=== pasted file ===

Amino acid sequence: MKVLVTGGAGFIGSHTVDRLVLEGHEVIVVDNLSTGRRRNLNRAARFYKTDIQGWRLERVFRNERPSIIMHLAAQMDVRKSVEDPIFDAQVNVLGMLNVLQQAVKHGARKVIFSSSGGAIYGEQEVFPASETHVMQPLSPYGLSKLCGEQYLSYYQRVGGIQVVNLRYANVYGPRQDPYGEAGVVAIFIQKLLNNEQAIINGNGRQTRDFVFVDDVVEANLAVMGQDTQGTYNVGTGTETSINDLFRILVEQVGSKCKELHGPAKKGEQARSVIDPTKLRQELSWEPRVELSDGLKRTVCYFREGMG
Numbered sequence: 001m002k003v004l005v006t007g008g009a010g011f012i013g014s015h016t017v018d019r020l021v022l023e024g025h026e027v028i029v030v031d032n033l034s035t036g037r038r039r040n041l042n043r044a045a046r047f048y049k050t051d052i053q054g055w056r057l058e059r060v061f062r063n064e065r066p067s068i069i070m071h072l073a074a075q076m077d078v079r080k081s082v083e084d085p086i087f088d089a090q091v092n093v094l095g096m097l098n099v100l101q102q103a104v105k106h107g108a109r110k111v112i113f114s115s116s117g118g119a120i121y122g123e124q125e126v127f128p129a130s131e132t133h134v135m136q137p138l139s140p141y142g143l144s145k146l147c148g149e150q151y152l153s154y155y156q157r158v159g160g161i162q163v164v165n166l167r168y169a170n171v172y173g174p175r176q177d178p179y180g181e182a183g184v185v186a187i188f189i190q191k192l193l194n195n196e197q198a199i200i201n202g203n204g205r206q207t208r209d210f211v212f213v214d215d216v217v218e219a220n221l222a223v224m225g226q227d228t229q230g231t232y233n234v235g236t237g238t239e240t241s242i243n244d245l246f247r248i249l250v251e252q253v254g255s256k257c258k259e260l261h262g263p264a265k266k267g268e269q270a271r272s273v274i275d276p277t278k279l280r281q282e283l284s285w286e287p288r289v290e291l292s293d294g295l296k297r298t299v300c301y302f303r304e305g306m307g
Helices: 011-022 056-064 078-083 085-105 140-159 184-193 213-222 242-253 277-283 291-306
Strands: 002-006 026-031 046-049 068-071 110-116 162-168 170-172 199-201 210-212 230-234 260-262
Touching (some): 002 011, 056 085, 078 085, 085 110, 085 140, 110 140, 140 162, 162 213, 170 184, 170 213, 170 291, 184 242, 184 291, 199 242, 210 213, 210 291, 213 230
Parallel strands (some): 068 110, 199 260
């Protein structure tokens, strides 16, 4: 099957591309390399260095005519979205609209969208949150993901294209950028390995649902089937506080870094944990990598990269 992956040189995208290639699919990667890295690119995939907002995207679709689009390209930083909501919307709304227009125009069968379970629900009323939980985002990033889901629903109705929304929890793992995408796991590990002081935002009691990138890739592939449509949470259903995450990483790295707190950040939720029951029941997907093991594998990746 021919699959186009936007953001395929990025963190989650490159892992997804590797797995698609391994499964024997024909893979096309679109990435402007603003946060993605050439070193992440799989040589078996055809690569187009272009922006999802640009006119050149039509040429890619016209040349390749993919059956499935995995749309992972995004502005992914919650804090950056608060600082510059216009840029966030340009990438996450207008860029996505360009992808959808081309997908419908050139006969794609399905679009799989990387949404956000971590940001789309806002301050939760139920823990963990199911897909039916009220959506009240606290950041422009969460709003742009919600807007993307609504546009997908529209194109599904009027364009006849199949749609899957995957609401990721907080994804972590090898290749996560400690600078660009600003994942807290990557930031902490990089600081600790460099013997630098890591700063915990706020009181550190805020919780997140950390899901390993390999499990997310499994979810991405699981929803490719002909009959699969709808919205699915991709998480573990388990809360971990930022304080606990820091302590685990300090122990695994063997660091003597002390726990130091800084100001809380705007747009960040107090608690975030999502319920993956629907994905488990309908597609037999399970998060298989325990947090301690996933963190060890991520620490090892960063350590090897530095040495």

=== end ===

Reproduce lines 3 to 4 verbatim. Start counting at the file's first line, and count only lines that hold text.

Helices: 011-022 056-064 078-083 085-105 140-159 184-193 213-222 242-253 277-283 291-306
Strands: 002-006 026-031 046-049 068-071 110-116 162-168 170-172 199-201 210-212 230-234 260-262